In order to answer these questions, we conducted a simple experiment. We logged into user profiles on Livemocha, a language learning social network where interactions are typically between people who have never met before, and attempted to elicit the full name and date of birth, in other words some simple personal information, from other users. These user profiles were fictitious and created solely for the purpose of running this experiment. We attempted to elicit this information by sending them a private message and asking them for it in the pretext of being interested in their culture. However, we used 3 different approaches to go about this. For the first group of users (condition A), we merely asked them for this information without giving out any personal information of the fictitious profile. For the second group of users (condition B), the fictitious profile revealed his own full name and date of birth in the private message. For the third group of users (condition C), the fictitious profile did not reveal any personal information in the private message to the users, but revealed this information on his public profile page. In other words, the profiles used for this group of users shared their personal information in a broadcast manner, not directed to anyone in particular. Thus, the purpose of this approach was to test whether broadcast disclosures also bring the reciprocity norm into play.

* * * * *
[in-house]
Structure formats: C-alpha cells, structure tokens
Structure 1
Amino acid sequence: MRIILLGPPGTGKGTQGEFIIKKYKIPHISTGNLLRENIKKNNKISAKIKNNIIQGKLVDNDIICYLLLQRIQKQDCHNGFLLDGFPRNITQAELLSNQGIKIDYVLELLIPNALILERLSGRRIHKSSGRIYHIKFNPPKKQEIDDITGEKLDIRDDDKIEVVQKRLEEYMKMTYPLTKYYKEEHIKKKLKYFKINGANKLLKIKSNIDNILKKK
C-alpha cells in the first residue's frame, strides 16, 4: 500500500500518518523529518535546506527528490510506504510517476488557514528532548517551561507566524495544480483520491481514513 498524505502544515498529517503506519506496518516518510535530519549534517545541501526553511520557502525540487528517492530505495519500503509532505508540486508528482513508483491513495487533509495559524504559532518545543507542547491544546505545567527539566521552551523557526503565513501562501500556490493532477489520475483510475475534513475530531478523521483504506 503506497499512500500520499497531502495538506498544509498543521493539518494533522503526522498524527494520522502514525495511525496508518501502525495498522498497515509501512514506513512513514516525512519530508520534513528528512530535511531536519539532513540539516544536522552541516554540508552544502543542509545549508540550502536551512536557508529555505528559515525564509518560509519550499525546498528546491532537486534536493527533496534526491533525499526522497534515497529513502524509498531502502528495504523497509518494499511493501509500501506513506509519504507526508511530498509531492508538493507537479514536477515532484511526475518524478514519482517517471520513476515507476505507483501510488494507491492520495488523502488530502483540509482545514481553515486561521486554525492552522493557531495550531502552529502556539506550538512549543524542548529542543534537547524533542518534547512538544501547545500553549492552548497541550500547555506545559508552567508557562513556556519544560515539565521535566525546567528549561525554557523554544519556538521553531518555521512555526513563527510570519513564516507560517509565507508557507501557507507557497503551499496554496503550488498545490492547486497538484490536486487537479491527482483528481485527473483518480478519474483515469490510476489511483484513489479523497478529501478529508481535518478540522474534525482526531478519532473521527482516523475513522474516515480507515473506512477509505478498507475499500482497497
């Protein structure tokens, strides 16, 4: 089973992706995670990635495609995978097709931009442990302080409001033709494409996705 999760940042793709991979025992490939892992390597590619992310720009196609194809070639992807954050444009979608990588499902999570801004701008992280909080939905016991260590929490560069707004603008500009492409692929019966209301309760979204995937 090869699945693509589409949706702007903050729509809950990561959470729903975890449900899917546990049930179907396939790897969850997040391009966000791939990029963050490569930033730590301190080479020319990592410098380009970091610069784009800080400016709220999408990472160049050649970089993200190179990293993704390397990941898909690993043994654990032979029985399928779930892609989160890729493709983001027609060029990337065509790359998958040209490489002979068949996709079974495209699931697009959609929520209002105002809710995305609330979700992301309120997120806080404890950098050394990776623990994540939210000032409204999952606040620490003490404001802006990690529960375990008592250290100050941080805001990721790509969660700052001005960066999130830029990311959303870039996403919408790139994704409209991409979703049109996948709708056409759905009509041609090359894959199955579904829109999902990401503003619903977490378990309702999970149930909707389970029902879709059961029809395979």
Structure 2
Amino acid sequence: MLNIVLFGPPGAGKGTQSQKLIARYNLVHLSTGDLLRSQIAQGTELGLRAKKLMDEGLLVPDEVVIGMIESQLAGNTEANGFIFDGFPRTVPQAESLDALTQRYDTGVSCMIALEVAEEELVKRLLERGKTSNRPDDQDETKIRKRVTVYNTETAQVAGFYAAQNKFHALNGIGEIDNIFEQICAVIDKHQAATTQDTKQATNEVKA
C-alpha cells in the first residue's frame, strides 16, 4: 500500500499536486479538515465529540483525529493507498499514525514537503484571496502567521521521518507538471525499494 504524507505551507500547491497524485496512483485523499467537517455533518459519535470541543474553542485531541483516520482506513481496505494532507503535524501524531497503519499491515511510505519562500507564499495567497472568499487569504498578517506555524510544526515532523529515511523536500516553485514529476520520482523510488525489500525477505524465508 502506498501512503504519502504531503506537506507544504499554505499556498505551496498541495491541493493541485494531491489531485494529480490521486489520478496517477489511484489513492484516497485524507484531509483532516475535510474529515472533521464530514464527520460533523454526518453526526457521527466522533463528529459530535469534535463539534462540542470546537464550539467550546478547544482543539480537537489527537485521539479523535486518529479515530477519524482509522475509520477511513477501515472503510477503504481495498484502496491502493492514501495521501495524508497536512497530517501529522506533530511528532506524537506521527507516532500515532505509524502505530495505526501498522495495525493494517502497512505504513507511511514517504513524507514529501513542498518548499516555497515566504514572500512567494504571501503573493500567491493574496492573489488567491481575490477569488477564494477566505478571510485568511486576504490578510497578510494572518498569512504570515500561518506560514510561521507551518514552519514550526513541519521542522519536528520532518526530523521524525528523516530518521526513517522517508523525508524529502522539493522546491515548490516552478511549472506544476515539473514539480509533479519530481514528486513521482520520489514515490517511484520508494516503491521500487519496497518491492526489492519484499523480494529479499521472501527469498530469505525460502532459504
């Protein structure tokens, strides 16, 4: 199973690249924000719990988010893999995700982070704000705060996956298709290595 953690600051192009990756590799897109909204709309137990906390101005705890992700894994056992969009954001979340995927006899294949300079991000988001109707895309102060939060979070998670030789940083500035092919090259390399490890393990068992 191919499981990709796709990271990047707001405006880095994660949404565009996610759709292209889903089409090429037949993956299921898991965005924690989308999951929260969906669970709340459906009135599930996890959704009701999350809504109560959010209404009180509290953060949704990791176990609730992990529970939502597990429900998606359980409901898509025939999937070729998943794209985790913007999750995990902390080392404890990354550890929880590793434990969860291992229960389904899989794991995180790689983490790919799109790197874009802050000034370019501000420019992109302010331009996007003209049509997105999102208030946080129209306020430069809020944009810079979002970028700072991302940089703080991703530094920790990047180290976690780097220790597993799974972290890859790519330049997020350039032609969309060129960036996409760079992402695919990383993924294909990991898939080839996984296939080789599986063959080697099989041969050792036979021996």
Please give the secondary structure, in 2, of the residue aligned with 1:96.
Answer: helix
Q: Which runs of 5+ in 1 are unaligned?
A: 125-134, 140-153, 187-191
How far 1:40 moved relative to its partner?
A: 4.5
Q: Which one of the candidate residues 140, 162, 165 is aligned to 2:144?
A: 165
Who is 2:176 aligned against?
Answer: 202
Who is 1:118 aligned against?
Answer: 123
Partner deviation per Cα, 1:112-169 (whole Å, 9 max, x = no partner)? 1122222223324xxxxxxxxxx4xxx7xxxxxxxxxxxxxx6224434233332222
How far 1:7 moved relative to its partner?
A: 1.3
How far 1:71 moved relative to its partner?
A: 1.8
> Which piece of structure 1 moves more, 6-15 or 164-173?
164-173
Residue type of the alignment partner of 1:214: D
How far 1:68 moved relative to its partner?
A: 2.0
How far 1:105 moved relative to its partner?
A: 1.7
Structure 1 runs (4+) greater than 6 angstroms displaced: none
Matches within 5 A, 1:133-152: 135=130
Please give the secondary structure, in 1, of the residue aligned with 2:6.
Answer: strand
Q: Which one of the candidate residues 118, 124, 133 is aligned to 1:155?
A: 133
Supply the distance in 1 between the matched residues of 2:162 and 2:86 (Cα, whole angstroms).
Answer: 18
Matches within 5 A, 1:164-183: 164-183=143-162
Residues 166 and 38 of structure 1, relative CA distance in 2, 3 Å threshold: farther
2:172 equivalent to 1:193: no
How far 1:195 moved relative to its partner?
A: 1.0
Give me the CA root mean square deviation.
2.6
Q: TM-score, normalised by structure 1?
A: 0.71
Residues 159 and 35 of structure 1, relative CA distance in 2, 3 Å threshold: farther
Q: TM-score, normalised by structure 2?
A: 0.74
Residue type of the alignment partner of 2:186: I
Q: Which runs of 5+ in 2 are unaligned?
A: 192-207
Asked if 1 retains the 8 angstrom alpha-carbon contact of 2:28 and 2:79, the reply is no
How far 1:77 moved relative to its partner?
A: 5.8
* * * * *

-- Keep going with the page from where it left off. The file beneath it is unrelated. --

As we suspected, the second group of users, to whom the fictitious profile shared his full name and date of birth in the private message, was significantly likelier to share their own information with the fictitious profile than the first group of users, who were not given any personal information from the fictitious profile. In other words, this confirms that individuals do reciprocate the sharing of this kind of personal information in online interactions. What is even more interesting was that even the users in the third group, those with whom the fictitious profile did not share this information in the private message but had rather shared this in his public profile page, were more likely than the users in the first group to share their own information with the fictitious profile. Further, we found no significant difference between users in the second group and those in the third group in terms of their likeliness to share this information. In other words, we found that users were just as likely to reciprocate the sharing of this kind of information irrespective of whether the information was given to them in a private, one-to-one message or was shared publicly in a broadcast manner, which they were able to view.